Prepare A Budget
There is no doubt that owning a pet costs money. There are regular visits to the vet and licensing, there may be grooming visits and obedience training (see our Petland Basic Obedience For Dogs tip sheet). There are also the products required to help him live a happy, healthy life, which will fulfill his four basic needs, such as behavioural items (e.g. soft, medium and hard toys), environmental items (e.g. bed, kennel, exercise pen), maintenance items (e.g. brushes, dog shampoo, toothbrush, nail clippers) and nutritional items (e.g. feeding a quality premium food). Although the amount is not astronomical, be prepared for the additional expense in your household budget.
When Is The Best Time To Bring A Puppy Home?
The best time to bring a puppy into your home is when the whole family can set aside other activities to bond and teach the new pet the house rules. It is important that all members of the family engage in this activity, so that the training is consistent. Dogs need to know who is the “alpha dog” in their new “pack”; who is the leader and who are the followers. A weekend is usually enough time to establish the ground rules for your new family member.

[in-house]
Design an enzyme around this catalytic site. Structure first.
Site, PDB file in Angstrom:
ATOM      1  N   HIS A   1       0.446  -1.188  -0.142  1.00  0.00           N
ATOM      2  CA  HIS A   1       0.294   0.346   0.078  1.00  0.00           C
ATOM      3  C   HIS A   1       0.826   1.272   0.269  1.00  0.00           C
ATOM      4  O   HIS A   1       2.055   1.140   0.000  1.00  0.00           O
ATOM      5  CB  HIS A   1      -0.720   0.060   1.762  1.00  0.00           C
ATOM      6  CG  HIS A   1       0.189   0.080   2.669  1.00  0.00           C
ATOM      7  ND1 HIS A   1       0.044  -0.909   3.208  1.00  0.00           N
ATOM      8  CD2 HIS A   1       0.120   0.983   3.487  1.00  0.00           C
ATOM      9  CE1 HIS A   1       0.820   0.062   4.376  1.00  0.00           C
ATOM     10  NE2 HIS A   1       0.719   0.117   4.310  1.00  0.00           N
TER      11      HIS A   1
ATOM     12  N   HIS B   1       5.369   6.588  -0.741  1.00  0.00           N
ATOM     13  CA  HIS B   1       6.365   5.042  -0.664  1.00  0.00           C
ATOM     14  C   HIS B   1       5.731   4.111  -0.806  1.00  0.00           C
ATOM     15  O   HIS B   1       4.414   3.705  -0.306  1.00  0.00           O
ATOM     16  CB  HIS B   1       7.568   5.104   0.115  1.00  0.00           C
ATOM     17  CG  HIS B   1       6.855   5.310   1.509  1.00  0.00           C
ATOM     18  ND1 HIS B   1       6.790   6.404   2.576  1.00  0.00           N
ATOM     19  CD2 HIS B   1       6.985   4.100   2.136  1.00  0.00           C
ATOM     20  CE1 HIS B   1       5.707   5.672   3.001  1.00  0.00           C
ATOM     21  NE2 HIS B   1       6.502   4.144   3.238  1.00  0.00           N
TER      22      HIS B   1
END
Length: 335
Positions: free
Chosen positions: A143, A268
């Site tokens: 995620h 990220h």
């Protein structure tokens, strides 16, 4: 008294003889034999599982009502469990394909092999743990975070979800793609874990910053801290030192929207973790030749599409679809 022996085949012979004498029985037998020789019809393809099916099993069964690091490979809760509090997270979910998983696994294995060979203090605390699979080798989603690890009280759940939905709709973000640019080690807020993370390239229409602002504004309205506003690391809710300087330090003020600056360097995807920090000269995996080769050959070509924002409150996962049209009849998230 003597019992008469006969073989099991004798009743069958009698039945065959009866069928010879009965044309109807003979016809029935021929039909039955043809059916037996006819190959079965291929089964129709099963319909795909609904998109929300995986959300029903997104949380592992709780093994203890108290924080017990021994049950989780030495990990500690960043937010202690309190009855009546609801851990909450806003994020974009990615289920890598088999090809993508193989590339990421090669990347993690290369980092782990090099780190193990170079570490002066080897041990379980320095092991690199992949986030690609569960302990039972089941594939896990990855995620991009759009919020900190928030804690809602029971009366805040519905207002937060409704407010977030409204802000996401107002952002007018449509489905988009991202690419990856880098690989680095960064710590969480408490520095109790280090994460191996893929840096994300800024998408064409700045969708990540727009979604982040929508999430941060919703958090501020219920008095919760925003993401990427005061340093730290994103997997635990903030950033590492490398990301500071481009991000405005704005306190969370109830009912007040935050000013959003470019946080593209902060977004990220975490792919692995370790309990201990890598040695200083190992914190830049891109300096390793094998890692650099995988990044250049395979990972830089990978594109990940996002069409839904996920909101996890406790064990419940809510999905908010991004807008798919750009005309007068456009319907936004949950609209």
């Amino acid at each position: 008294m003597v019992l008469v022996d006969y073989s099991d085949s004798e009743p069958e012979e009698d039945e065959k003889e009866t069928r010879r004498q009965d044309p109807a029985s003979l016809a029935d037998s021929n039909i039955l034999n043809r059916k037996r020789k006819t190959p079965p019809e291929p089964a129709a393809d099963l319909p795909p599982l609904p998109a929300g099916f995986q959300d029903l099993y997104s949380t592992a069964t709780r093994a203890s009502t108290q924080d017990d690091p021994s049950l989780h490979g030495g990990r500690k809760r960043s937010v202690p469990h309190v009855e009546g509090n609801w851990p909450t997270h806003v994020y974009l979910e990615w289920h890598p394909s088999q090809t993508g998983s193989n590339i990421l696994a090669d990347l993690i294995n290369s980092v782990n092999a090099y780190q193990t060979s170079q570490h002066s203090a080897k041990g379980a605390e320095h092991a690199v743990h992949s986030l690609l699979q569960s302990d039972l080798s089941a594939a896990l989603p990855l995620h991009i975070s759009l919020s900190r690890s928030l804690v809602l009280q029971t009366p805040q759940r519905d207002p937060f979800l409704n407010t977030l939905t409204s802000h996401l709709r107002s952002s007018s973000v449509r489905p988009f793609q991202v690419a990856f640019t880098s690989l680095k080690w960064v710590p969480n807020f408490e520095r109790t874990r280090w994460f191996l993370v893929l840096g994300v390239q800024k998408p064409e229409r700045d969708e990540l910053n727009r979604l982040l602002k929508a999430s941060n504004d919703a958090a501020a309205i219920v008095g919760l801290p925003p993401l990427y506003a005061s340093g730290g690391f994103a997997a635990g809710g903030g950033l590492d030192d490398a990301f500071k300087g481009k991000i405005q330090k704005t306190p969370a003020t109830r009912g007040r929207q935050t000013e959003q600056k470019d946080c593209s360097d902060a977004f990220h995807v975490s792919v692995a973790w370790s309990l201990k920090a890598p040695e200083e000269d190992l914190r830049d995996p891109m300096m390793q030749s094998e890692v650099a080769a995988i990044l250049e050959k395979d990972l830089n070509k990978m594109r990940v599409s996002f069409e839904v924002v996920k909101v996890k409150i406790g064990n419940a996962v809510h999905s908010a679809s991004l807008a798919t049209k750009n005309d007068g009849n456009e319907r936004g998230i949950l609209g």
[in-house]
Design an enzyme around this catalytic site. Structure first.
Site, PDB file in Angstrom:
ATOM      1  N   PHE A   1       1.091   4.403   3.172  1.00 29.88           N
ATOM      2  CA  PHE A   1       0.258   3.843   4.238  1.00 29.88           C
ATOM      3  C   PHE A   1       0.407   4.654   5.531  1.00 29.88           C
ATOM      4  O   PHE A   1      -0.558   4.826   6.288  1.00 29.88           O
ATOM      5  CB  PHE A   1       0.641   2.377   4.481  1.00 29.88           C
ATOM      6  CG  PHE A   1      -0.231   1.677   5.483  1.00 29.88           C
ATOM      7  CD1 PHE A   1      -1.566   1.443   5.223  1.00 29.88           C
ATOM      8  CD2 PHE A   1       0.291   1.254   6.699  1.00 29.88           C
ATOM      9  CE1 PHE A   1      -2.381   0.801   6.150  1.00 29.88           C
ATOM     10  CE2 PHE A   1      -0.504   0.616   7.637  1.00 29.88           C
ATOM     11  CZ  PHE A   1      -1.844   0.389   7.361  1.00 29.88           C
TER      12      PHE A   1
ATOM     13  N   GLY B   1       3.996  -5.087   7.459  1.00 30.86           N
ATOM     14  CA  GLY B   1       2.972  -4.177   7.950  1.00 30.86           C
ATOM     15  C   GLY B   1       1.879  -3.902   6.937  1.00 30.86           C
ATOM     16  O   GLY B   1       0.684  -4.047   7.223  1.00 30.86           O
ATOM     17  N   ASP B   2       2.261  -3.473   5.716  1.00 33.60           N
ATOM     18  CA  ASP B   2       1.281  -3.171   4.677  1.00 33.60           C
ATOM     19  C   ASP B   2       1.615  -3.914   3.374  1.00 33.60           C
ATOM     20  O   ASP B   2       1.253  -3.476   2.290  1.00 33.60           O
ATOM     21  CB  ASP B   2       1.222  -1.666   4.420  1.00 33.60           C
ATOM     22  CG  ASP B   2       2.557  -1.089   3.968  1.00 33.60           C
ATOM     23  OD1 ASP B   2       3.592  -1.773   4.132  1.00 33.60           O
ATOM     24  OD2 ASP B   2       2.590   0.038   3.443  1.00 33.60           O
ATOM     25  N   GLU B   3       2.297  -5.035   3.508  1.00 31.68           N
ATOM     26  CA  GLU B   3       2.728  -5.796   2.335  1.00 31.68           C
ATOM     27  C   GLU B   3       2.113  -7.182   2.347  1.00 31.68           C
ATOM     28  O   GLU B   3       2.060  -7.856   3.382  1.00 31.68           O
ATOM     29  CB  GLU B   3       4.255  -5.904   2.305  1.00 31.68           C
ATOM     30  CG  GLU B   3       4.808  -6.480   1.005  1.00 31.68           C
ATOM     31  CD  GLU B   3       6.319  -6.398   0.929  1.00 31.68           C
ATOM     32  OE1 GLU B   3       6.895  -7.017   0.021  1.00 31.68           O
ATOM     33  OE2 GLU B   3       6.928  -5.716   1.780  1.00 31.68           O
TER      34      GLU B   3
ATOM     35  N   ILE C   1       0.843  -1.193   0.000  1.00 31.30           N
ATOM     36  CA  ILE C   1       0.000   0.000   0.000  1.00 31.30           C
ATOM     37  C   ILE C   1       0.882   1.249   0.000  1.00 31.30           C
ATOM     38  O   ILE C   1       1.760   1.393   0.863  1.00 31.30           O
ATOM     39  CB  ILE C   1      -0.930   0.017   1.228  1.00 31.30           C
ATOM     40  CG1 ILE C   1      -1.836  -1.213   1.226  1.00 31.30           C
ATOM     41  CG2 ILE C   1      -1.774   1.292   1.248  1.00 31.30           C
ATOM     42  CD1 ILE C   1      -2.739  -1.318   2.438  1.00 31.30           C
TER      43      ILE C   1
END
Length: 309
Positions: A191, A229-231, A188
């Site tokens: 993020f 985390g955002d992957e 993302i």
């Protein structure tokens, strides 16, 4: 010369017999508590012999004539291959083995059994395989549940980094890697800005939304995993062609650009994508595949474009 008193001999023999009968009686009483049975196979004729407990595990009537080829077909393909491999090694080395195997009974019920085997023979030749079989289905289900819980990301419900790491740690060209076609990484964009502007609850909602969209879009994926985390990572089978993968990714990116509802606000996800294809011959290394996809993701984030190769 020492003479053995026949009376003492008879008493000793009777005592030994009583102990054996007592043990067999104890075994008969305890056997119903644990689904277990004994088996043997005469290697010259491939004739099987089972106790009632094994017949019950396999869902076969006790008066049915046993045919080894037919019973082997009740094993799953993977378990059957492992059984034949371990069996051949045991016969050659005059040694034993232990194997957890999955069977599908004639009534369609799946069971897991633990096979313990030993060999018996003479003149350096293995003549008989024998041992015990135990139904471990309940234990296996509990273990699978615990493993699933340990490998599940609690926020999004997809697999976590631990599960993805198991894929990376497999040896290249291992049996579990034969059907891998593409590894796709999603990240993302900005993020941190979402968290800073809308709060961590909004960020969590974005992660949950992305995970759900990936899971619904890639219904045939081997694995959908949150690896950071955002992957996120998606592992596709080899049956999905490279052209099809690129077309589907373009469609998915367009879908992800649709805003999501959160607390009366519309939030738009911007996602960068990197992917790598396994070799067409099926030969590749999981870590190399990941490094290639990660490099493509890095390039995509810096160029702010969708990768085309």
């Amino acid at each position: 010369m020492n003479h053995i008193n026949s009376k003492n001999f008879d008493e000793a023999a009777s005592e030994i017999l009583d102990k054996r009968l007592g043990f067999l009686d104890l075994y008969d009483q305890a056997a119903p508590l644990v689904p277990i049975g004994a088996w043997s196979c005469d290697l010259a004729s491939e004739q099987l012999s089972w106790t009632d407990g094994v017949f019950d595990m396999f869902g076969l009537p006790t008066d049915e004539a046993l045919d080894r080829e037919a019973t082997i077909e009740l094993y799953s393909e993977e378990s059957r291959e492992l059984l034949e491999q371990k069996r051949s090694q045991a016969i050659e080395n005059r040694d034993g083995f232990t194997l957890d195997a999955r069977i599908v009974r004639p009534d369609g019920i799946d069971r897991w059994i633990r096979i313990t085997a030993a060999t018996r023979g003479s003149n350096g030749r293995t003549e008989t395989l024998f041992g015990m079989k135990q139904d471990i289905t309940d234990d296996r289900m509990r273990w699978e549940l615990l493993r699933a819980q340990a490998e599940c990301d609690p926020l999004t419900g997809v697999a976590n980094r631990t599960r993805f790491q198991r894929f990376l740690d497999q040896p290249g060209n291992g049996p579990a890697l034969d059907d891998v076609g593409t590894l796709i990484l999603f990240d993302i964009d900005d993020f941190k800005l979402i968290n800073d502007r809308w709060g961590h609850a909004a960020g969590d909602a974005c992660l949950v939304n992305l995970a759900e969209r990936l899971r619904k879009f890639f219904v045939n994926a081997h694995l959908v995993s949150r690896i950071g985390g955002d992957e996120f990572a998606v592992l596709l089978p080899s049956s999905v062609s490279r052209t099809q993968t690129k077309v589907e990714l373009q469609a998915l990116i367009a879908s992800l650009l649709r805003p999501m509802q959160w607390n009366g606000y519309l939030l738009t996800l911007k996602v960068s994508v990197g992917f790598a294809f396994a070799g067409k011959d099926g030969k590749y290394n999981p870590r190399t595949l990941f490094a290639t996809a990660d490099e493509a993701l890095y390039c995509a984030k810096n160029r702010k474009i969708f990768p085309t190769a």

Should I Buy My Puppy, Or Any Pet, Online?
Although there are numerous websites to choose from, you have no way of knowing which are legitimate breeders, or if they are reputable, unless you go and visit them directly. You should always visit, or have someone you trust visit the kennel or home where your puppy has been living. You want to make sure that the breeder you buy from is reputable, responsible and caring.
If you have already seen puppies at your local humane organization(s) or rescues and haven’t found your right match, there are other places you can look. Start with your local veterinarian, dog clubs and kennel clubs; local obedience training clubs, groomers and boarding kennel operators also may offer promising leads.
If you are visiting a breeder, here are some guidelines to adhere to from PIJAC Canada and Petland Canada.
Assessment of The Environment: A clean and sanitary environment fosters healthy dogs!